It’s easy to write off image management as a superficial endeavour.
After all, is there a better example of style over substance than judging someone based on appearance?
Even as a certified Visual Branding Consultant, I relate to this viewpoint. I agree that expertise, experience and work quality should be the characteristics upon which we are evaluated in the workplace. I can’t argue that integrity, intelligence and kindness, not our fashion sense, should be the qualities for which we are evaluated socially.
I pride myself on not being swayed by style over substance, so why have I gravitated to the image industry?
It’s because I know that a working image empowers people and affords them more opportunities to put their substance to good use. An ineffectual image subjects people to oppressive social biases and holds them back from contributing all they have to offer.
In my industry, “image” isn’t just about clothing, it’s about the total impression our physical presence makes on others. This includes our overall appearance, posture, body language and presentation skills. It’s all the things people assume about you, rightly or wrongly, just by looking at you. These assumptions are always at play to reinforce, or sabotage, the actual expertise and attributes you have to offer.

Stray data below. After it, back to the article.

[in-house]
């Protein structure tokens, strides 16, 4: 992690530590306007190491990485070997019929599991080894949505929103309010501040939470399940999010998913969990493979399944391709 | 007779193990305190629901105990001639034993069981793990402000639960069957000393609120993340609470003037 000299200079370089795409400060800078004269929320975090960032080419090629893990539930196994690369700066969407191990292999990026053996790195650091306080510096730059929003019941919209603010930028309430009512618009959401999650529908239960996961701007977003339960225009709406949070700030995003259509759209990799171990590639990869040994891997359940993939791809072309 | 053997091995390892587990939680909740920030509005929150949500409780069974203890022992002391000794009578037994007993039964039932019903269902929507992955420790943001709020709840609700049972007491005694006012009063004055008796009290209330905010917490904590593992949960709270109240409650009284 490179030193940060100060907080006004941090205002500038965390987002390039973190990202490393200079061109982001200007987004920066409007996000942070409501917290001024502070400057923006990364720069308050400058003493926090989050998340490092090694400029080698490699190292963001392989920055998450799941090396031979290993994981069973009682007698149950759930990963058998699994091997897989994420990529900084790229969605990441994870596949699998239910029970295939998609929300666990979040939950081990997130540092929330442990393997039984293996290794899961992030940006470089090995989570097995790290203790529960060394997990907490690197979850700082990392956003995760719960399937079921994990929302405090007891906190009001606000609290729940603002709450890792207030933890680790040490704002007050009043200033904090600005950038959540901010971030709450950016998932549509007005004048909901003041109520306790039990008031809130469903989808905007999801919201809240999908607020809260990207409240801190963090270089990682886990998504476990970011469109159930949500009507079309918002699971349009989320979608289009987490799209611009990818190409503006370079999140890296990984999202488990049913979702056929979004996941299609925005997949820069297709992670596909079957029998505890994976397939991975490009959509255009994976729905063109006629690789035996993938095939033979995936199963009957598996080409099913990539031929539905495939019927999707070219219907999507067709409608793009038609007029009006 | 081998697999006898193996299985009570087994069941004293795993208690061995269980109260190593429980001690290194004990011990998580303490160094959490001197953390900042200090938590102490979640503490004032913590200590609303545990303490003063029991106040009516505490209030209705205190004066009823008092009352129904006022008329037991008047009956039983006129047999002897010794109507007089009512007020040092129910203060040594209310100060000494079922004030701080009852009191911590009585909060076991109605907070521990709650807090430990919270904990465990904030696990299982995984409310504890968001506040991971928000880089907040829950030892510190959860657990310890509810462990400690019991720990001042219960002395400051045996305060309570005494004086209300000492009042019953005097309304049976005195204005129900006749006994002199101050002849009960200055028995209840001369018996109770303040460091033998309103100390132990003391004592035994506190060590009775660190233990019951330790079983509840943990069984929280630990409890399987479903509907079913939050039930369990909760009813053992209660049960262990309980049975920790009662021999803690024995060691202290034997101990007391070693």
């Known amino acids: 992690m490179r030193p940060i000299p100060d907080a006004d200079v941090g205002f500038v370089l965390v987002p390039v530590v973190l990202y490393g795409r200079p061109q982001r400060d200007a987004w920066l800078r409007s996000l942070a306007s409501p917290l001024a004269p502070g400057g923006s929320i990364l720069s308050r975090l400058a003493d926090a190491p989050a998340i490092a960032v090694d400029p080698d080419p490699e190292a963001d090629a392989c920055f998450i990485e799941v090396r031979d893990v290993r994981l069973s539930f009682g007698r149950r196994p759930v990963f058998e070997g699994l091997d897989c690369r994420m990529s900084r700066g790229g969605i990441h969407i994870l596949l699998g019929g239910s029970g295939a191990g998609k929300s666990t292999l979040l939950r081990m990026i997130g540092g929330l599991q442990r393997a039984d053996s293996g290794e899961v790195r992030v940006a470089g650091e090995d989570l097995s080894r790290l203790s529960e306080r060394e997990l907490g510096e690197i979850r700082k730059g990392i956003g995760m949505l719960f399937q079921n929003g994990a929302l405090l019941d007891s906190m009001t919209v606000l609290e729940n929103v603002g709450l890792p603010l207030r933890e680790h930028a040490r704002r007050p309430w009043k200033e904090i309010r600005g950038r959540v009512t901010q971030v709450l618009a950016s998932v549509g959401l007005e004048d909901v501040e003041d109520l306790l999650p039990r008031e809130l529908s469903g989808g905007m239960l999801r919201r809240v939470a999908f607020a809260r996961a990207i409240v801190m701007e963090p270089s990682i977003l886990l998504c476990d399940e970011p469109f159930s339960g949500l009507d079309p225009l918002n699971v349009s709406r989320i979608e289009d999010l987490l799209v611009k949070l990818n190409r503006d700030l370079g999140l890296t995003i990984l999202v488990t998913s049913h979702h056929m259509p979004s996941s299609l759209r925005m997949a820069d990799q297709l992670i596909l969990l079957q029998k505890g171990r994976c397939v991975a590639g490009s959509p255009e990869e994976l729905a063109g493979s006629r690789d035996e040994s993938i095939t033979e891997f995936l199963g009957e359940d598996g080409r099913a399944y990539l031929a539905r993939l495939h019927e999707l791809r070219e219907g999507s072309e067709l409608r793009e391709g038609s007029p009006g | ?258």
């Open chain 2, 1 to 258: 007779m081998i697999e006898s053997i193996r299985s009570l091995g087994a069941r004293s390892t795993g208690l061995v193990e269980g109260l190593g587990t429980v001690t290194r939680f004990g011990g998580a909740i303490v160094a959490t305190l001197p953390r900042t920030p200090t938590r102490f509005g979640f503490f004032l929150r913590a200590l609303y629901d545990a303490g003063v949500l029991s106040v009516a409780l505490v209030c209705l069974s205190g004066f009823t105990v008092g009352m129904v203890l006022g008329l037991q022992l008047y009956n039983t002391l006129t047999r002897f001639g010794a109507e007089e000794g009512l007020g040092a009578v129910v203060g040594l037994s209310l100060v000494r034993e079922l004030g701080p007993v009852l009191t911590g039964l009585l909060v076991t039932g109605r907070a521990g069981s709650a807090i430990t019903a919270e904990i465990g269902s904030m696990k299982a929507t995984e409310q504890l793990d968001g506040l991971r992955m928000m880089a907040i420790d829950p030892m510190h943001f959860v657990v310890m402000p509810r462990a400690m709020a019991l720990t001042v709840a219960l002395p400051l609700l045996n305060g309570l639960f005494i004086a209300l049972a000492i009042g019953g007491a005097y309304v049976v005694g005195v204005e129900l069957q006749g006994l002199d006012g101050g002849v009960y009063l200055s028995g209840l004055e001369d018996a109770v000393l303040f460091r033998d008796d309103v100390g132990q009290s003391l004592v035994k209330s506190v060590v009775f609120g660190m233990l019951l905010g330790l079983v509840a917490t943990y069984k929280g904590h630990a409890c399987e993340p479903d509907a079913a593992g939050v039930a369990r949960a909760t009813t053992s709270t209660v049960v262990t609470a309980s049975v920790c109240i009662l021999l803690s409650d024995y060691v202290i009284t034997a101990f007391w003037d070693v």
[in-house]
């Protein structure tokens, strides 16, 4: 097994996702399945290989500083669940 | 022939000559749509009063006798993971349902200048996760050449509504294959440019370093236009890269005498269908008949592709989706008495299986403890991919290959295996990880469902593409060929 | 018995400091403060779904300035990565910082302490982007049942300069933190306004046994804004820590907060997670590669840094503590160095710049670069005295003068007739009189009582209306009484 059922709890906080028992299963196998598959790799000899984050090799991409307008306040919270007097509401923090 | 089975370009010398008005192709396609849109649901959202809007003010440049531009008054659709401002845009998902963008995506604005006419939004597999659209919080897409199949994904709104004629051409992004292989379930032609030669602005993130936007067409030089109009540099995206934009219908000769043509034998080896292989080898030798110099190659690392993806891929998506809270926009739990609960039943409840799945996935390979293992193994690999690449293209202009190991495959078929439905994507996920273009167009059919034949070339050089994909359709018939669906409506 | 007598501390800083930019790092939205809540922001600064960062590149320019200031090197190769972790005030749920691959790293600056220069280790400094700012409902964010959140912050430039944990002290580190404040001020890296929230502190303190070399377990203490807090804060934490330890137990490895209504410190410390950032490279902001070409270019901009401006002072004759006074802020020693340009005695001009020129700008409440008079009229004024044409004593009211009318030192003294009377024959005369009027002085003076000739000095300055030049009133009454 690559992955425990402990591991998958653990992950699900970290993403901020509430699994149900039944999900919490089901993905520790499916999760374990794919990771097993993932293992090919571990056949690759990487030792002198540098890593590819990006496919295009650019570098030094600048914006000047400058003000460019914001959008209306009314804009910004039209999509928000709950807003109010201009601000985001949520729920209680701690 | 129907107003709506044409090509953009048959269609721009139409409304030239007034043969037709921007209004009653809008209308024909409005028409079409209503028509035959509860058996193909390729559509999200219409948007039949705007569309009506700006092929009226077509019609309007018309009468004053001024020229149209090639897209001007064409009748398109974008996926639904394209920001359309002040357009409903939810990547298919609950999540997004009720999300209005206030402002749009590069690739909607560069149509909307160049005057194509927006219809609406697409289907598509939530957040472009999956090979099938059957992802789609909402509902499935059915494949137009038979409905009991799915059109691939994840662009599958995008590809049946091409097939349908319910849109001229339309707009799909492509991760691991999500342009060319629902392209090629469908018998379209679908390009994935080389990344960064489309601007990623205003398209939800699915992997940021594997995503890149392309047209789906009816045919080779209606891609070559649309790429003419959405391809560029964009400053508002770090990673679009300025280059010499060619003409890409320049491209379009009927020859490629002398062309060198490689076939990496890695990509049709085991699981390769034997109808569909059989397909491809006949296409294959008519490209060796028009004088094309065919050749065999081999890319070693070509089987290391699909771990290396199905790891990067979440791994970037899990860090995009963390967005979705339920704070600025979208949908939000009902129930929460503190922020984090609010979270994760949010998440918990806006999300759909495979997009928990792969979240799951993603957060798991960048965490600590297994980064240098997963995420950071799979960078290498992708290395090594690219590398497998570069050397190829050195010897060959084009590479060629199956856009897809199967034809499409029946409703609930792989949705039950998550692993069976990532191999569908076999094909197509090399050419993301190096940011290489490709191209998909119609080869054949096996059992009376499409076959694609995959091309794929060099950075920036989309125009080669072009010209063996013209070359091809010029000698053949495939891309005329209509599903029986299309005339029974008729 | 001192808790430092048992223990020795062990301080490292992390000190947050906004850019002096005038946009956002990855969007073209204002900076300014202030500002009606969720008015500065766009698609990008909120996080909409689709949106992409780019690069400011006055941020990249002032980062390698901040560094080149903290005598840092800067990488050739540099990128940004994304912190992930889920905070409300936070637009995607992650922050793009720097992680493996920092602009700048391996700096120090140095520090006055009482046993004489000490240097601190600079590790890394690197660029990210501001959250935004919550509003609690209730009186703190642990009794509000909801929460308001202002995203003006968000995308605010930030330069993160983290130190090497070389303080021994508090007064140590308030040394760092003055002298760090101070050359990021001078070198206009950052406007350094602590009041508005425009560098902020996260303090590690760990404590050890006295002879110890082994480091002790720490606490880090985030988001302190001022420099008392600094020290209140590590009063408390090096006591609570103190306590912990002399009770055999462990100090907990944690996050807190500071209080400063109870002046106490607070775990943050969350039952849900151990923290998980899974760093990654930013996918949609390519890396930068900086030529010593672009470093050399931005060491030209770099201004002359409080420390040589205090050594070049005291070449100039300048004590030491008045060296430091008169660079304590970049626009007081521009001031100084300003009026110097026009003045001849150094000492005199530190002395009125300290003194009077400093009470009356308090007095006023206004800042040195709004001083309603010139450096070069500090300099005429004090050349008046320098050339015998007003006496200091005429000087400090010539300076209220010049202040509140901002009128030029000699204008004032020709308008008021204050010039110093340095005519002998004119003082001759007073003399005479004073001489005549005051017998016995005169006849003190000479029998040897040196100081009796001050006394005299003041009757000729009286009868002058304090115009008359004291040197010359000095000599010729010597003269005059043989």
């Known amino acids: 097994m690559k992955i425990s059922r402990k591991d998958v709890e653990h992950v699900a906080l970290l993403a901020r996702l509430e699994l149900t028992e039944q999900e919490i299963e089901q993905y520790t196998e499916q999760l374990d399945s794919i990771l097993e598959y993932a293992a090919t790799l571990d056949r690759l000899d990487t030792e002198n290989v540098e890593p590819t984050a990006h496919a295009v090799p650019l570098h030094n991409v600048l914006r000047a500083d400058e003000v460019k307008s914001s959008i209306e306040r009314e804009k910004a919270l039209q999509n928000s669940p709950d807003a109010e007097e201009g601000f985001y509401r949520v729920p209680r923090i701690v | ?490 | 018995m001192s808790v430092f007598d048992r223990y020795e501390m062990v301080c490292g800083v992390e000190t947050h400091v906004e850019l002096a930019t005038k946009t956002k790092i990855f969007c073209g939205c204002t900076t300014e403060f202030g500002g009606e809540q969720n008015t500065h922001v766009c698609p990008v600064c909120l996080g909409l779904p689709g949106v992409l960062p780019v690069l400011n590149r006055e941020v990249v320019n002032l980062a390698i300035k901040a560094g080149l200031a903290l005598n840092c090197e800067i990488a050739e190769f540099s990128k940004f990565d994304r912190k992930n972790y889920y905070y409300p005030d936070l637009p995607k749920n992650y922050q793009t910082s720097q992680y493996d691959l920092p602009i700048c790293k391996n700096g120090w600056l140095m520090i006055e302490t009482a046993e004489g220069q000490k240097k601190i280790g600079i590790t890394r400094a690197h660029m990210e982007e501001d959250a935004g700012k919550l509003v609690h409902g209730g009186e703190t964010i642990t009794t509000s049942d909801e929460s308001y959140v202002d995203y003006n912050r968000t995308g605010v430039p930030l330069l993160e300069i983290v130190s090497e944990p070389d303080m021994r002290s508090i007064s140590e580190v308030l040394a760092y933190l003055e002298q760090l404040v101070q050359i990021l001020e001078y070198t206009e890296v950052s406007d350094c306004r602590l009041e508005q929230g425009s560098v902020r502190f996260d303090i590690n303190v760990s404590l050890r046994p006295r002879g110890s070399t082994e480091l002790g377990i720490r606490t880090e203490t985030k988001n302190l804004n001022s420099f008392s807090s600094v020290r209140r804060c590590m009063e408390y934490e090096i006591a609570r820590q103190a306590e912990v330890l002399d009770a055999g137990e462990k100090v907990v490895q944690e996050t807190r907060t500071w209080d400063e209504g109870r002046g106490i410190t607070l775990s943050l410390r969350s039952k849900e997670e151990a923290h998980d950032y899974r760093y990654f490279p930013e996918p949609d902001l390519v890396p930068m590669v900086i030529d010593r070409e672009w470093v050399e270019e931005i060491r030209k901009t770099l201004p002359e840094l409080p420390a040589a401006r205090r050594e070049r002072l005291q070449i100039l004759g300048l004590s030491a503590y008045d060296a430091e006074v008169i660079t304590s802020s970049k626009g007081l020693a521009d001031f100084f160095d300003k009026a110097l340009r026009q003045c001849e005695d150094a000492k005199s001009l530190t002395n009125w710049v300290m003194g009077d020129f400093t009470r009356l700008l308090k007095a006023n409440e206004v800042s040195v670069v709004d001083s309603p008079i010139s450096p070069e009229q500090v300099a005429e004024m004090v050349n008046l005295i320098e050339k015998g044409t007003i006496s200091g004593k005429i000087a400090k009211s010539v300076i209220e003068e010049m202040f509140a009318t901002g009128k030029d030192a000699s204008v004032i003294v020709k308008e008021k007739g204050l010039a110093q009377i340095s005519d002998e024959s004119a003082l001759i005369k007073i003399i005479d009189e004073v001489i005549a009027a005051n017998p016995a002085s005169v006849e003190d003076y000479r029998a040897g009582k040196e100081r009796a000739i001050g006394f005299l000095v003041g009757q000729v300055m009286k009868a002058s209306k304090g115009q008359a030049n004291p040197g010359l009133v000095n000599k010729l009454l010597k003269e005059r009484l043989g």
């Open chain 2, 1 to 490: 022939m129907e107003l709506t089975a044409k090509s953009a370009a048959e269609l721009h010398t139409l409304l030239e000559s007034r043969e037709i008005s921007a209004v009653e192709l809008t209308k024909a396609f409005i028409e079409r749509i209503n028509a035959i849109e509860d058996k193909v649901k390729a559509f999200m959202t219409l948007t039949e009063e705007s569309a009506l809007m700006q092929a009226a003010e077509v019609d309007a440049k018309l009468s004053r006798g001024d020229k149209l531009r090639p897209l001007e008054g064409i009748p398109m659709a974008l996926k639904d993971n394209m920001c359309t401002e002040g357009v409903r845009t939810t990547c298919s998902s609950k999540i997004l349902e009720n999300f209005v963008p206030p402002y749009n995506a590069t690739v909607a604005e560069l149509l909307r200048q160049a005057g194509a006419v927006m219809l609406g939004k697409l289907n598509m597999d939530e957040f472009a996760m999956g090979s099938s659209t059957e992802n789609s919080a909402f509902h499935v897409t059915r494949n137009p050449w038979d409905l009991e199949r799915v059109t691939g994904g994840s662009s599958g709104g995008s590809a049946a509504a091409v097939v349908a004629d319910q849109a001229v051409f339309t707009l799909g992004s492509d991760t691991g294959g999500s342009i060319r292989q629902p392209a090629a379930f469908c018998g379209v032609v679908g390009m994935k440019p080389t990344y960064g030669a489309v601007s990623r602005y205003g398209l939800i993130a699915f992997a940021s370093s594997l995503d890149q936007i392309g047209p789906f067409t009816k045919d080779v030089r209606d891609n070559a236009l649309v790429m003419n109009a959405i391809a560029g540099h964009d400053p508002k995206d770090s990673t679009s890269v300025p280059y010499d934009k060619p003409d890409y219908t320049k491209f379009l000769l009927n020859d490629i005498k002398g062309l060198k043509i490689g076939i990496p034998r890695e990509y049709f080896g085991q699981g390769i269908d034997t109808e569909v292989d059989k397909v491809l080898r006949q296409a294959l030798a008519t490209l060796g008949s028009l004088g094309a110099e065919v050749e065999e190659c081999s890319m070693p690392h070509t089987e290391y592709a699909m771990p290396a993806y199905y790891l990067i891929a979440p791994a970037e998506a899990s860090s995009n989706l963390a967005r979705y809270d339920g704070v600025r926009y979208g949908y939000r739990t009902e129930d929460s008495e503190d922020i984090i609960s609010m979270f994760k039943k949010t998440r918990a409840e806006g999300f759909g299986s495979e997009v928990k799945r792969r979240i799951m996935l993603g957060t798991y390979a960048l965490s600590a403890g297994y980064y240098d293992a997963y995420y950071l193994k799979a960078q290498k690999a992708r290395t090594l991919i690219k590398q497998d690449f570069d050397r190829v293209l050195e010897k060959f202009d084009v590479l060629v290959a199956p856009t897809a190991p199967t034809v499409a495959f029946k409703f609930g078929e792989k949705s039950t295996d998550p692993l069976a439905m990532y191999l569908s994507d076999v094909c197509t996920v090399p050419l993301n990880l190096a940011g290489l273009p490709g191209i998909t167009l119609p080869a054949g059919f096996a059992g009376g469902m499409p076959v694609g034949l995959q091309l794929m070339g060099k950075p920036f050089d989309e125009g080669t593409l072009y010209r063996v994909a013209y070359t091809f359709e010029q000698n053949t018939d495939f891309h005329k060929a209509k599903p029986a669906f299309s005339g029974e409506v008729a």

Evidence supports the fact that appearance is important in the workplace. This is not a matter of beauty; it’s about sophistication and poise. Developing a working look is achievable for people of all shapes, sizes, ages and genetic attributes.
Given that the way we appear to others is largely within our control, why choose to send messages about ourselves that are inaccurate or uncomplimentary?
We live in an appearance-sensitive world. By extension, our ability to reflect a suitable image reflects on our cultural intelligence, social skills and situational awareness. While style is never a substitute for skills, a career appropriate image demonstrates that we are socially aware, adaptable, competent and ready to work.